In case you didn't notice, the Faculty of Humanities was without a permanent dean for the last two years. That changed this September with the appointment of Dr. Pierre-Yves Mocquais.
Dr. Mocquais, who received his doctorate from the University of Western Ontario, spent the last 21 years at the University of Regina, first as a professor, then head of the French department, and then associate dean of the Faculty of Arts.
Dr. Mocquais summarizes his job as overseeing the life of the faculty.
"That ranges from human resources issues to financial issues to issues of programs and research, and not necessarily in that order," said Mocquais. "There is, on the part of a dean, a necessity to impart on the faculty a certain vision on where the faculty is moving."
Students' Union Vice-president Academic Heather Clitheroe agrees.
"A lot of direction is taken from the dean in faculties," said Clitheroe. "They really have a big influence on the way the faculty will move, in terms of things like curriculum redesign [and] research excellence."
Prior to Mocquais' appointment, acting deans held the position for a 12-month period. According to Mocquais, there is a definite disadvantage to this.
"Even if you have acting deans who are the best possible people, they cannot really make long-term decisions," said Mocquais. "When you're in a 12-month term... you act more as a caretaker than you do as anything else."
Appointing a dean is difficult, however, and sometimes appointing an acting dean is necessary.
"Acting deans are appointed when the search is unsuccessful or when it's not really possible to find a permanent dean," said Clitheroe. "Sometimes the number of universities that are also searching for deans for the same faculty can have an impact on whether or not you decide to open the search at the same time."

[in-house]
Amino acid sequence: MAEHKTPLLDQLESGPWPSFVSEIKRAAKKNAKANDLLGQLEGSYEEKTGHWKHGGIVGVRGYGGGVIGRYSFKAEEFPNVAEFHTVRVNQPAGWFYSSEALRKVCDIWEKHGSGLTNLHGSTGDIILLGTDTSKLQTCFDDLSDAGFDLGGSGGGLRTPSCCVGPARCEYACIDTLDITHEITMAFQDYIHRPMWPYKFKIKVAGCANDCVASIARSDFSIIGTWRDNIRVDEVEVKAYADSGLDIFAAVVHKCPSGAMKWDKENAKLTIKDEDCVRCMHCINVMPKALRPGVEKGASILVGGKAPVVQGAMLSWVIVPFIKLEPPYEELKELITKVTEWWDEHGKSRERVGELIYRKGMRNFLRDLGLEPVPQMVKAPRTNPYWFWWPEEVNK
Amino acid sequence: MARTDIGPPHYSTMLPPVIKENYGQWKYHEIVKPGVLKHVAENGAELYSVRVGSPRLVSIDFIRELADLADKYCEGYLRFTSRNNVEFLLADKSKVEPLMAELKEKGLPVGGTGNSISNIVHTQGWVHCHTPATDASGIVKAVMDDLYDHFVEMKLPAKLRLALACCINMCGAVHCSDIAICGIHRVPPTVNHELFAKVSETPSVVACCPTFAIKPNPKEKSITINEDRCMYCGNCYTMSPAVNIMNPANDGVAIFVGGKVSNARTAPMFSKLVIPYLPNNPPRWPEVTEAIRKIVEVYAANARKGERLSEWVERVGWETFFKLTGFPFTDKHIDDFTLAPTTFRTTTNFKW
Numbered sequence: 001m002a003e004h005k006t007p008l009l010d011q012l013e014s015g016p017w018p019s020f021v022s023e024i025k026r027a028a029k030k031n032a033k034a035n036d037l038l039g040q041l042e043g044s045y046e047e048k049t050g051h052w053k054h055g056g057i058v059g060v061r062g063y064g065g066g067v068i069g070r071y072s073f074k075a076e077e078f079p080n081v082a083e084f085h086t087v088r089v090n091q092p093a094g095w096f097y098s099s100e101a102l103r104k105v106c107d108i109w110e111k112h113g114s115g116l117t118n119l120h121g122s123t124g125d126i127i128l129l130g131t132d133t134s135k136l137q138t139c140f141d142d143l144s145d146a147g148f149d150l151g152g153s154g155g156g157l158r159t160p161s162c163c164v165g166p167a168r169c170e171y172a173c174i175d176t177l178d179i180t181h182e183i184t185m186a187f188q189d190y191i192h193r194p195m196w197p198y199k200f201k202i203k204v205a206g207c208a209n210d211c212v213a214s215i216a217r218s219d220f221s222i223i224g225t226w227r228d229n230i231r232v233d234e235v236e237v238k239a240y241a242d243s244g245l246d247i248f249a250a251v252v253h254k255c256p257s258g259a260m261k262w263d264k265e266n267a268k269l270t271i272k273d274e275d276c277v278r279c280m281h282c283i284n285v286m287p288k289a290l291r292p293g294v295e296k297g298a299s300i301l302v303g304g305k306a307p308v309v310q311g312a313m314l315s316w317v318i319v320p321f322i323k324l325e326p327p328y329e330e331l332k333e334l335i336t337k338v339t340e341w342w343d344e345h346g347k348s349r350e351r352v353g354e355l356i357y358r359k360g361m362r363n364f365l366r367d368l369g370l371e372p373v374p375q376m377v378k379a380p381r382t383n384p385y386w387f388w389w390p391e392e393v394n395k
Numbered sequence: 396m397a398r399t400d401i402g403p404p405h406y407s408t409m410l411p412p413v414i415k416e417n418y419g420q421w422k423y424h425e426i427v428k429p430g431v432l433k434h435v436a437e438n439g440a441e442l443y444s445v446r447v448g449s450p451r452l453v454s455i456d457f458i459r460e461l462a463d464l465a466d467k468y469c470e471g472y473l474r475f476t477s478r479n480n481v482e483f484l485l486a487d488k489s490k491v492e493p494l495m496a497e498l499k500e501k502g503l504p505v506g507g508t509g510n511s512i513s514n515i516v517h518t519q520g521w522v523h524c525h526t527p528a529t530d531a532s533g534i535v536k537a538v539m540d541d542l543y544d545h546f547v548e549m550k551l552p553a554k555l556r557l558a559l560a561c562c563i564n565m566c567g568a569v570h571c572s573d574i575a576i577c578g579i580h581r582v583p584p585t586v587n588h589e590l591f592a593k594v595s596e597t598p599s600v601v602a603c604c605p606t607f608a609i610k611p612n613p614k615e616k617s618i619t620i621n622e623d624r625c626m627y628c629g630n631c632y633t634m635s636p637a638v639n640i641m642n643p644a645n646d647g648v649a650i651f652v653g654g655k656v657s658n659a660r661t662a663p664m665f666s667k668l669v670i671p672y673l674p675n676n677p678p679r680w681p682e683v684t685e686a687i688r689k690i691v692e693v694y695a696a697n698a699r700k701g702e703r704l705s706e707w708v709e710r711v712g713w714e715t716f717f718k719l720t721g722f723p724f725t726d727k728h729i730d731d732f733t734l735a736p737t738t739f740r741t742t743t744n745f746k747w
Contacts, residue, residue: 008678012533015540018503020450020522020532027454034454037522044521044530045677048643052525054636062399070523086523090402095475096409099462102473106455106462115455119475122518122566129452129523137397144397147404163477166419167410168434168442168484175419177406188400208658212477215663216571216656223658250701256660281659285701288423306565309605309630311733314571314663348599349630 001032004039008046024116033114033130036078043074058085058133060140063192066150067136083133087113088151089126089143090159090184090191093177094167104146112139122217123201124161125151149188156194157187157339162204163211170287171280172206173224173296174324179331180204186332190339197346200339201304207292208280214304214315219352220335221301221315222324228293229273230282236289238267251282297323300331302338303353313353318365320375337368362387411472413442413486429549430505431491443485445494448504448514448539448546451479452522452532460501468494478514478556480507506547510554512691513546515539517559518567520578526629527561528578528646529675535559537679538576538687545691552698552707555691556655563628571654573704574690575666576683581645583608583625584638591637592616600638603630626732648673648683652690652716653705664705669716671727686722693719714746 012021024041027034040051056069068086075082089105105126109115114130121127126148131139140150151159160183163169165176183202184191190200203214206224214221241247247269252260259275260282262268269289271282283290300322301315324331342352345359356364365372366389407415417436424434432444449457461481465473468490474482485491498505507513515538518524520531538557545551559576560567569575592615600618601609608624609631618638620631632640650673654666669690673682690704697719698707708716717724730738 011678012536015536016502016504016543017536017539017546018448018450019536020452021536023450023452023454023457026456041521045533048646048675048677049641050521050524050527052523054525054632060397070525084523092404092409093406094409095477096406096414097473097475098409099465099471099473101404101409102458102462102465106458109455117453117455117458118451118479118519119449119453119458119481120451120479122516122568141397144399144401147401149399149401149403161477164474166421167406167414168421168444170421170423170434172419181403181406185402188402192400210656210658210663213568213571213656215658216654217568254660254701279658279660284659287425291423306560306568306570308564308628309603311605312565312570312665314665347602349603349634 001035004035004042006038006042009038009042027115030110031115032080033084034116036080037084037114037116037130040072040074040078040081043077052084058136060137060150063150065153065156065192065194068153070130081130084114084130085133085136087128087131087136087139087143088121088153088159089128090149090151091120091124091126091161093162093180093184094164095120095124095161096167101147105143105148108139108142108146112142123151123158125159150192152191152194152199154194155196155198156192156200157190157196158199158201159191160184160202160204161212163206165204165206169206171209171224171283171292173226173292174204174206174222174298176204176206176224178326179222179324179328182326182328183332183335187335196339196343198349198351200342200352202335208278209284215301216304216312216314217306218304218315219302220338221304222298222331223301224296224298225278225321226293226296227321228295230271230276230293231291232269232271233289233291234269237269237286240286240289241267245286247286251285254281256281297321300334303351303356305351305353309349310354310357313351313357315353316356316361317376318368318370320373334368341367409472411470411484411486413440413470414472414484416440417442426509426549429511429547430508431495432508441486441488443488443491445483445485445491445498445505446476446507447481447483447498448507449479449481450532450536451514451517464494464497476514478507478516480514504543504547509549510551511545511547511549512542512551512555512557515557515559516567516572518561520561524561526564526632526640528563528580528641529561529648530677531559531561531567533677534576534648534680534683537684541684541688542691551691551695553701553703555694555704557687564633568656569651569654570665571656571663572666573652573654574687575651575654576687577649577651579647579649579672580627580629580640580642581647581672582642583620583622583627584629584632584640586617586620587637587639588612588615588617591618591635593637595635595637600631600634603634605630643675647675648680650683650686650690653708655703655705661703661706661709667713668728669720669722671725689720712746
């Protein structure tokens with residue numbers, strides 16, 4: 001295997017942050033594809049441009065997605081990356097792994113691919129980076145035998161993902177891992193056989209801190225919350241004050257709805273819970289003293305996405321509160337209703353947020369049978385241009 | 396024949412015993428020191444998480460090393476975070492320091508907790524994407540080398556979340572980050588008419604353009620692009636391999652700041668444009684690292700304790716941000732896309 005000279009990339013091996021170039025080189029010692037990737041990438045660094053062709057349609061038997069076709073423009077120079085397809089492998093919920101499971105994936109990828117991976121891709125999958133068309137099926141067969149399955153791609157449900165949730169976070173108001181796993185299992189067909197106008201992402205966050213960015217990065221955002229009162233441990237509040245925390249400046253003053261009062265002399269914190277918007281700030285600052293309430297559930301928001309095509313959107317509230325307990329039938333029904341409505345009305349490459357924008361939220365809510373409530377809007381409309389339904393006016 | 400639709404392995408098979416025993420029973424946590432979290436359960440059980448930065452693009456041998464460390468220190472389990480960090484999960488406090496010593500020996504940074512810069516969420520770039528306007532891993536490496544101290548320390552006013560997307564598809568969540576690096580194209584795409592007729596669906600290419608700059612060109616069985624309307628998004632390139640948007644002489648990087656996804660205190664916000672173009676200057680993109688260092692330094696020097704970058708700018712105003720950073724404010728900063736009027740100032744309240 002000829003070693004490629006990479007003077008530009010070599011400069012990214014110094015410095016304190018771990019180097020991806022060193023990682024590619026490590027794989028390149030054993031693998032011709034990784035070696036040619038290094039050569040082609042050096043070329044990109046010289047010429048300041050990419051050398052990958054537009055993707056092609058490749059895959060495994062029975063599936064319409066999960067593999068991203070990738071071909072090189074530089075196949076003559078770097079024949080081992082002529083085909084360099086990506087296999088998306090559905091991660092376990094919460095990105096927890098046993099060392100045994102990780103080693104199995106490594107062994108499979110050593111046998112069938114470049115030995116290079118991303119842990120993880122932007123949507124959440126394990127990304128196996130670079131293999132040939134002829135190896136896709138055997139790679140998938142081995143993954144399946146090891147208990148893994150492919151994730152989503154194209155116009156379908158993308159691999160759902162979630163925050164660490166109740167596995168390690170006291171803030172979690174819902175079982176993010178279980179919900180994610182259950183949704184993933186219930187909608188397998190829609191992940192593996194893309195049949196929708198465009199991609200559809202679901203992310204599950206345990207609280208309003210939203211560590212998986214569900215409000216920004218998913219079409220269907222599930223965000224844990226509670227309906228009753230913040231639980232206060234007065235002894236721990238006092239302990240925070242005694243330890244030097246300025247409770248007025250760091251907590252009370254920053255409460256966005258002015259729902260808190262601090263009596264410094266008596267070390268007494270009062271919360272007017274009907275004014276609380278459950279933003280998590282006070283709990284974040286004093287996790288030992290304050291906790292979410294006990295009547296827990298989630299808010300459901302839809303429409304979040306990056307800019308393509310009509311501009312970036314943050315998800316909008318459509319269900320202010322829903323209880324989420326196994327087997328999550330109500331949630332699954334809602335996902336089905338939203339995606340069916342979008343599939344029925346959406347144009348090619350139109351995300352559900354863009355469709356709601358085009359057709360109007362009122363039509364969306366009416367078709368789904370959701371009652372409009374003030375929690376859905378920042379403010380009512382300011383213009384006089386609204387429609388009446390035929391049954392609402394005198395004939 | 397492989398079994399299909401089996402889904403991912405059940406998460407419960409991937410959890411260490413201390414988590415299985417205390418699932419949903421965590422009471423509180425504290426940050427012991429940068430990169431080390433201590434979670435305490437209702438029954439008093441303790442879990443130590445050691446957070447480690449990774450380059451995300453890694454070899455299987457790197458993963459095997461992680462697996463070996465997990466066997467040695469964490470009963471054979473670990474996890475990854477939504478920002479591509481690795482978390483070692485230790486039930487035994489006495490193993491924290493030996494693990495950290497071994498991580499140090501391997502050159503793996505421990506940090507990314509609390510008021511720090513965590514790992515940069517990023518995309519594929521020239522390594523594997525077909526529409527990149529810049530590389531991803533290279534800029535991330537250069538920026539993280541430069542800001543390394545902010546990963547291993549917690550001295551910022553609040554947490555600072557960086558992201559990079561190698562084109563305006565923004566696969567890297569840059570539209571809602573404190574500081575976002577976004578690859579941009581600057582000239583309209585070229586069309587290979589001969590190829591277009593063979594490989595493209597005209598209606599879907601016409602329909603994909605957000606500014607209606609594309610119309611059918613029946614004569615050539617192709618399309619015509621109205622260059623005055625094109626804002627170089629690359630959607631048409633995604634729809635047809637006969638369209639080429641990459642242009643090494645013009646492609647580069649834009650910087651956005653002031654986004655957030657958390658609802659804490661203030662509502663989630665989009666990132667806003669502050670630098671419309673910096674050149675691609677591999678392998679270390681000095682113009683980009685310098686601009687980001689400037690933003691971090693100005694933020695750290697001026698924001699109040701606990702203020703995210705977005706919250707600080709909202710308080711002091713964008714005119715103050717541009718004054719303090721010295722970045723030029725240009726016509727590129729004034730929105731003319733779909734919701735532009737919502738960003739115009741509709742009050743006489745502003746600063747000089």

Having a permanent dean is a significant advantage for the faculty.
"If you have somebody who is there for the longer term, you will have stronger leadership," said Mocquais.
Mocquais will need strong leadership to implement his vision for the faculty. Coming from France, he hopes to bring an international perspective to the faculty, as well as a different perspective on how the role of humanities is seen. In a society that is becoming increasingly technological, he feels liberal arts are losing their place.
"There are a lot of people who entertain the idea 'why do we need people doing literature or philosophy?' or things of that sort," said Mocquais. "There is a need to understand, for example, with prosperity, when we think in terms of creating a prosperous society, it's not only in material terms. It goes far beyond that."
So after the grueling process of appointing a new dean, which began last year, Clitheroe seems happy with the decision and enjoys finally having the security and reliability of a permanent dean.
"There's a psychological factor when you have a permanent dean as opposed to an acting dean because there's always that concern about acting deans not continuing on for their terms of appointment, because it's not as settled and stable," said Clitheroe. "It does feel better to know you have the same dean for at least five years."